Mobile Security and Privacy

There are obvious security concerns for individuals using mobile phones to capture video and photographic images during sensitive or conflict situations. If a phone is confiscated or found with footage that incriminates others, the owner could be put at risk. So great caution should be exercised at all times.

Special care needs to be taken if and when this content is transmitted over the mobile network as governments and authorities can pressure mobile phone service providers to hand over records of activity on particular phones and this could mean they need to hand over images you send across networks. In Zimbabwe, for example, a Telecommunications Interception Bill (passed in August 2007) allows the government to monitor activity across mobile networks and the internet. If a user's mobile number is registered with the mobile network then the ‘owner’ of the content can be easily traced.

Networks also automatically track the location of each and every active mobile phone (this is done for the purposes of routing calls and messages). This means that members of the public can be pinpointed to a specific location at a specific time. If this happens to be within a rights demonstration deemed illegal by the authorities, or it puts a user within range where they may have witnessed government brutality at a gathering, they could again be put in danger.

Mobiles with cameras also routinely store the location where an image was taken, along with details of date, time and the type of camera or phone used – called ‘metadata’ this is all part of the JPEG standard, the file format most commonly used for digital images. This information could be useful in some cases by proving that you were in a particular place at a particular time to witness an event but could also be undesirable, depending on the situation. Tools are available which enable this ‘hidden’ information to be viewed and, in most cases, removed before the image is forwarded to others. You can download a freeware tool called a JPEG Stripper which will remove metadata information from your images.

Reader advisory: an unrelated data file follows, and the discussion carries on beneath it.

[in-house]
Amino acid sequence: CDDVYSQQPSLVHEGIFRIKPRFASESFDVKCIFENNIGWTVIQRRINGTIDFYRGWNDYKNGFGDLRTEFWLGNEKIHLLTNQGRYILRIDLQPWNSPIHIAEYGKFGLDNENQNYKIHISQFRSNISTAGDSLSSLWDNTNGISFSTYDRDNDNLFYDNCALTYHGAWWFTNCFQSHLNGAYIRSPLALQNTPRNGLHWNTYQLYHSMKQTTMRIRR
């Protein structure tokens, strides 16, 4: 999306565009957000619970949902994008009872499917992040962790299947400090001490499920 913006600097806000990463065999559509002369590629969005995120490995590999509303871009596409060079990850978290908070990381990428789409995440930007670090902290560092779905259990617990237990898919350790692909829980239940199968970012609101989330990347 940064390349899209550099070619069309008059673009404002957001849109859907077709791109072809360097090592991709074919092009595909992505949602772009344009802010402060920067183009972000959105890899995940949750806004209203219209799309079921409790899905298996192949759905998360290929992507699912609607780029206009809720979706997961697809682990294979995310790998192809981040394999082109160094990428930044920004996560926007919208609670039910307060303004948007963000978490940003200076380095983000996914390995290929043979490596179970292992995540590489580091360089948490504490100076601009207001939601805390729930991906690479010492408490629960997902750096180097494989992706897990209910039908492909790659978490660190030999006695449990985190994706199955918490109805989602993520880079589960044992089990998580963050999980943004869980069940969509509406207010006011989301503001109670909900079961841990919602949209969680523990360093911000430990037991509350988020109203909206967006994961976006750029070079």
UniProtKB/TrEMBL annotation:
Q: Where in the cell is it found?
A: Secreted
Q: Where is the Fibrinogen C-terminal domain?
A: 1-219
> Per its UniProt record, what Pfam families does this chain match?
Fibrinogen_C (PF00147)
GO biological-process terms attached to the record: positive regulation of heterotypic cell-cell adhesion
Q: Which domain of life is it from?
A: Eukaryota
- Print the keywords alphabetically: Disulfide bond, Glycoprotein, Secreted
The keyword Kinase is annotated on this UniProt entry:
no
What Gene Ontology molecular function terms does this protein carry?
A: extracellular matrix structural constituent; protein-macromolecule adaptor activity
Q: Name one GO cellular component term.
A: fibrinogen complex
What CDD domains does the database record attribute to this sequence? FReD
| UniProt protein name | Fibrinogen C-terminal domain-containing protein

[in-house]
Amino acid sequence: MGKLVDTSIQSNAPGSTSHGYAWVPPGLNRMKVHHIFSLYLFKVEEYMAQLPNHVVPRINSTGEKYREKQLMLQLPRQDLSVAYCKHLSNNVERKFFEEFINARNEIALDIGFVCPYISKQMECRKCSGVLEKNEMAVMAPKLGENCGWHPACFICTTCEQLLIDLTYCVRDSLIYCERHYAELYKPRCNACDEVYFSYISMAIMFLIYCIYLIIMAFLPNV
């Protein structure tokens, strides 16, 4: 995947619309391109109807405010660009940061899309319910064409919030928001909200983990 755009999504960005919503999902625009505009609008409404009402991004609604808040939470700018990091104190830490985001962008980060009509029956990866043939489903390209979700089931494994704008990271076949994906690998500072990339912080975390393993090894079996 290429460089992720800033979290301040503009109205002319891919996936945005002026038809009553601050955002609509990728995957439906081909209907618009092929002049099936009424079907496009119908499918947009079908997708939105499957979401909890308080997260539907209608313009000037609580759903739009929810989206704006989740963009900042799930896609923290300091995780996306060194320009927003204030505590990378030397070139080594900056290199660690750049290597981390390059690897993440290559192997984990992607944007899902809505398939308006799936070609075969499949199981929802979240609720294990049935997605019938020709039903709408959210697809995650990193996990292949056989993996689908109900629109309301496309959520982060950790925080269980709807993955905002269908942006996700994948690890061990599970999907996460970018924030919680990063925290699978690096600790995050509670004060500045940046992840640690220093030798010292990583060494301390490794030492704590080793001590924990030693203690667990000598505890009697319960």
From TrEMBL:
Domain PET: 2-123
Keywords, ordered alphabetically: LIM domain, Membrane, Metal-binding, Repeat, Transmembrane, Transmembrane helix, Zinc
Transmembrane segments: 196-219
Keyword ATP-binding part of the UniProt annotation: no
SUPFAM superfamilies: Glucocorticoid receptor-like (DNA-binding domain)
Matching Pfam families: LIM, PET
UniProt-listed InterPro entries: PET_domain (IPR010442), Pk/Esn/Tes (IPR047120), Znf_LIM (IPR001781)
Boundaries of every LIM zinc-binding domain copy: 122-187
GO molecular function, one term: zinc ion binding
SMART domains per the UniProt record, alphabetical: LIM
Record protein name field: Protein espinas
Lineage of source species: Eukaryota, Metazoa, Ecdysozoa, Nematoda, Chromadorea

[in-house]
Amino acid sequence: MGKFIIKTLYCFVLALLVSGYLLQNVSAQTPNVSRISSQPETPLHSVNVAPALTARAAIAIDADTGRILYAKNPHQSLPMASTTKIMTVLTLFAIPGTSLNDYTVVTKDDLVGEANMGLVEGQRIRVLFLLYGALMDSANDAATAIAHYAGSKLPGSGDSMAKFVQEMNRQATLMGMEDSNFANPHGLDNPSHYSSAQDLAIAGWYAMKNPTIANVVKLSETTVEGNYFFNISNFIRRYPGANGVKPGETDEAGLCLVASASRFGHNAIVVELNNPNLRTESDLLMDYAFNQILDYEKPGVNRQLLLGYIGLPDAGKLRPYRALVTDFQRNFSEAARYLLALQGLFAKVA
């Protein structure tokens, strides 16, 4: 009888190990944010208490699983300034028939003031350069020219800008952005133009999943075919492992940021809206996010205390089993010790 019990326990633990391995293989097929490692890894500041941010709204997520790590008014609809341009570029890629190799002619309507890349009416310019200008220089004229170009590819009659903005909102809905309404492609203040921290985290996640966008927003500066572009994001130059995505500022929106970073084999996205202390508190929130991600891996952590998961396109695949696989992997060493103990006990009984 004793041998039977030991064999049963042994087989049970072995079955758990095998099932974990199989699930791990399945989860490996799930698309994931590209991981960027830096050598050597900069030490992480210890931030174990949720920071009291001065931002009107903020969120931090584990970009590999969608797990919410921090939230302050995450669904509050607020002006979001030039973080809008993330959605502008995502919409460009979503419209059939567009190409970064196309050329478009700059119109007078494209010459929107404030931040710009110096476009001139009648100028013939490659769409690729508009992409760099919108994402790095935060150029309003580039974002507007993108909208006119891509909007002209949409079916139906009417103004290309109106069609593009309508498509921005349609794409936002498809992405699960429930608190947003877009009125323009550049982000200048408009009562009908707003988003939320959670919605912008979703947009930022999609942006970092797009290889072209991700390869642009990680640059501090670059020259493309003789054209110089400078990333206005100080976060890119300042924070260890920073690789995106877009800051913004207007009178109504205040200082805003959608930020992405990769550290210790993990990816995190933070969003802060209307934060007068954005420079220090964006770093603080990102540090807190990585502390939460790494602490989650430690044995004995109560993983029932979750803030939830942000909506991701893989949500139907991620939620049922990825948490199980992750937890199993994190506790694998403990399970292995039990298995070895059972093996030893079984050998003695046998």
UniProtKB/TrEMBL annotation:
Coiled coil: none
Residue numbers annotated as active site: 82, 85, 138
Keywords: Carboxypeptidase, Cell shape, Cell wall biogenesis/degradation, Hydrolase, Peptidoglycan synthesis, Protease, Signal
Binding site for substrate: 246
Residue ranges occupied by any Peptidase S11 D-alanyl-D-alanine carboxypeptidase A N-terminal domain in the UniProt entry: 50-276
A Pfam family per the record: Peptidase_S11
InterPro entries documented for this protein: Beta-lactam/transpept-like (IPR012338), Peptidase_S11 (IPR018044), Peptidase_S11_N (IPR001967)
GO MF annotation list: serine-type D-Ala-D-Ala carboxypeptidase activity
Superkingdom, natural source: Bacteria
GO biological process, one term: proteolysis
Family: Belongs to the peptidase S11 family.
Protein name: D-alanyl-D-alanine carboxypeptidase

Mobile Security Checklist

  • Always use your phone's security lock codes or PIN numbers and keep them secret.
  • Security-mark the phone and battery with your postcode and street number or the first two letters of your house name
  • When using your phone, remain aware of your surroundings and do not use in in crowded areas or where you feel unsafe.
  • Avoid displaying your phone in public. Keep it with you at all times and do not leave it unattended.
  • The 15-digit serial or IMEI number helps to identify your phone. This can be accessed by looking behind the battery of your phone – it should be visible as a 15 digit number. For more information see this wiki entry on finding your IMEI number. Make a note of this number and keep it separate from your phone, as this number could help the police to trace ownership quickly if it is stolen.

For more information, visit the Security section of Mobiles in-a-box or see Security for Activists.

Further Information

More detailed information for campaigners looking to use mobile technology in their work can be found on Tactical Tech's Mobiles in-a-box website.
Email: mobiles{at}